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Whether teaching officers or concealed carry holders, the concept of concealed carry as a lifestyle has come up constantly over the years. It’s more than simply getting a permit and buying a gun—there has to be some thought that goes into the decision. In order to use a pistol to defend yourself or others, it must be with you, and carrying a pistol all the time is not easy; in fact it is very difficult and requires a significant adjustment in mindset and to your current lifestyle.

The most critical tenet in concealed carry is to actually carry your handgun. For the most part that means on your person. Having it accessible in the car is fine when you are in it, but leaving it in the car to go into the restaurant, gas station, or corner store leaves you at risk. The bottom line is simple—in order for the weapon to provide protection you must have immediate access.

Right Gun & Holster

Opinions abound as to which gun to carry, but in the end it needs to be the one that you will carry. Revolver or a pistol, they each have their strengths and weaknesses. My advice is to carry the biggest pistol you will carry all the time and that you can fire accurately under stress. Make it a caliber that has proven to be effective in the field. A 9mm or larger in a semi-auto is my preference. For revolvers, .38 Special +P would be my minimum. Some of the smaller magnums are fine, but hand cannons should be avoided. Having carried a 4-inch 1911 in .45 ACP or similar for decades, it is not about the size of the pistol for the most part; it is about your willingness to change your lifestyle and accommodate it.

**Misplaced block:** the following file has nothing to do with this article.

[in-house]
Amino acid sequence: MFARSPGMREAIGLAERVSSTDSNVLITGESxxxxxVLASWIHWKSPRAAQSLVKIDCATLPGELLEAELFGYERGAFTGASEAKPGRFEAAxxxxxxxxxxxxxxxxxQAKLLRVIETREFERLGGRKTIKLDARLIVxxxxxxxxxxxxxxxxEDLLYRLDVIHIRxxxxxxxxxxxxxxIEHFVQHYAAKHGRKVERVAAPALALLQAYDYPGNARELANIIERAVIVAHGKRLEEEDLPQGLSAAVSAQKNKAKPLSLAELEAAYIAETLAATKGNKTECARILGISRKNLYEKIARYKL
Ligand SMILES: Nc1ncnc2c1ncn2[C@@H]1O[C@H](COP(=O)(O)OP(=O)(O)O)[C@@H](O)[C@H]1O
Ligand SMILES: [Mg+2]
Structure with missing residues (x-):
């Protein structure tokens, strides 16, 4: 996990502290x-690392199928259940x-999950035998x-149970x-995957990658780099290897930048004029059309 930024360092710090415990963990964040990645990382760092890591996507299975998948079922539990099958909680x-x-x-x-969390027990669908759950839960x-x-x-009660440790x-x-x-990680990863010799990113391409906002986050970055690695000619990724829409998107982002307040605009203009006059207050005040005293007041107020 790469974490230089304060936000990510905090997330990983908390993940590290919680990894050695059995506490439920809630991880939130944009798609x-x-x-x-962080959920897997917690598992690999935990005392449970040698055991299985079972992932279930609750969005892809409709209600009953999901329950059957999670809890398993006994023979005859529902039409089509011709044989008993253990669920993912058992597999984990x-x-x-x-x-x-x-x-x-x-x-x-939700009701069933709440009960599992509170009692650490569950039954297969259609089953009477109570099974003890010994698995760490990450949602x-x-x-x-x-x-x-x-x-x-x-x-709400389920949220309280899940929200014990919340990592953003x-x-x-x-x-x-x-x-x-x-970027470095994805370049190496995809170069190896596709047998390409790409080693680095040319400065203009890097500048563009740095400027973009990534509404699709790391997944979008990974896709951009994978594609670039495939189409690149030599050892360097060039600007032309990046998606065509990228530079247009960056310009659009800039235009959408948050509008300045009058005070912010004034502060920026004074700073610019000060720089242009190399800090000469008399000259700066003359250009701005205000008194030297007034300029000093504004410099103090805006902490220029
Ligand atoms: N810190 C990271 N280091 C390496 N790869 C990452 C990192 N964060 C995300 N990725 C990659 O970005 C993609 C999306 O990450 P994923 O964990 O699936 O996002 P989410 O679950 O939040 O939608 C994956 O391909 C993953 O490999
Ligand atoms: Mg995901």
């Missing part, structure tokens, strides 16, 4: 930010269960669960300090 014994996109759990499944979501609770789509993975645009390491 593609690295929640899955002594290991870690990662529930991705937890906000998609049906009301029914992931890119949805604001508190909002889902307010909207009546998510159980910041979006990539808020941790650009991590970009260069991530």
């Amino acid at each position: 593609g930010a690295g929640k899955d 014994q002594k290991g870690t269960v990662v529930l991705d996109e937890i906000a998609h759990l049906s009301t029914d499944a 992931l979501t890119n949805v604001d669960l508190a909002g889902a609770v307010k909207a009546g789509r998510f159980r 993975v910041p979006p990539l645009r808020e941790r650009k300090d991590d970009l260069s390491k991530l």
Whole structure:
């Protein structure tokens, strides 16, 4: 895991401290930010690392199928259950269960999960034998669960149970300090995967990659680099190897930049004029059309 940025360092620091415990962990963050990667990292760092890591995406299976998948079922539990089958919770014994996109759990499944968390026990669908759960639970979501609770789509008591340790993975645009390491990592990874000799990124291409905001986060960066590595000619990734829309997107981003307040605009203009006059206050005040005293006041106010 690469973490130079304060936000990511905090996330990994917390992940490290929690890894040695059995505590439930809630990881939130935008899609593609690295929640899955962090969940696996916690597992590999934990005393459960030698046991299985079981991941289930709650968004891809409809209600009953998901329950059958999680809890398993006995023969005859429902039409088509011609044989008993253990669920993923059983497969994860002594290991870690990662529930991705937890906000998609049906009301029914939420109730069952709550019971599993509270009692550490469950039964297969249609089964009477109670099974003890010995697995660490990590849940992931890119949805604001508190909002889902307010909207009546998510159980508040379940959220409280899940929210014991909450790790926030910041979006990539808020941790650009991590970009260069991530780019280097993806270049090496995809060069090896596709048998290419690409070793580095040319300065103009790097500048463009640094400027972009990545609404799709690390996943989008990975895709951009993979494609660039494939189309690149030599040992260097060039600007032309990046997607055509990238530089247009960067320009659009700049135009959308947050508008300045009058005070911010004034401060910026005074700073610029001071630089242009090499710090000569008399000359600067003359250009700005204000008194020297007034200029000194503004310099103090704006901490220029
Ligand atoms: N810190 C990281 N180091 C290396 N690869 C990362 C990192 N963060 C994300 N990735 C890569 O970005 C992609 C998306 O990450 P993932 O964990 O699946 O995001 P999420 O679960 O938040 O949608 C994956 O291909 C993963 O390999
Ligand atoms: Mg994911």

At least as important as your choice in handguns is the holster. Put a $3,000 pistol in an inexpensive holster and it will still be uncomfortable, hard to access and maybe even dangerous. It is critical you choose the best holster you can afford that will allow you to conceal it well. It may never be completely comfortable; that is part of the lifestyle change. As Clint Smith so clearly stated, “It is not supposed to be comfortable, but comforting.” It needs to hold your pistol solidly on your person. It will require a real pistol belt designed to hold the weight of a pistol. Many companies provide nice-looking belts that fit into just about any clothing style these days.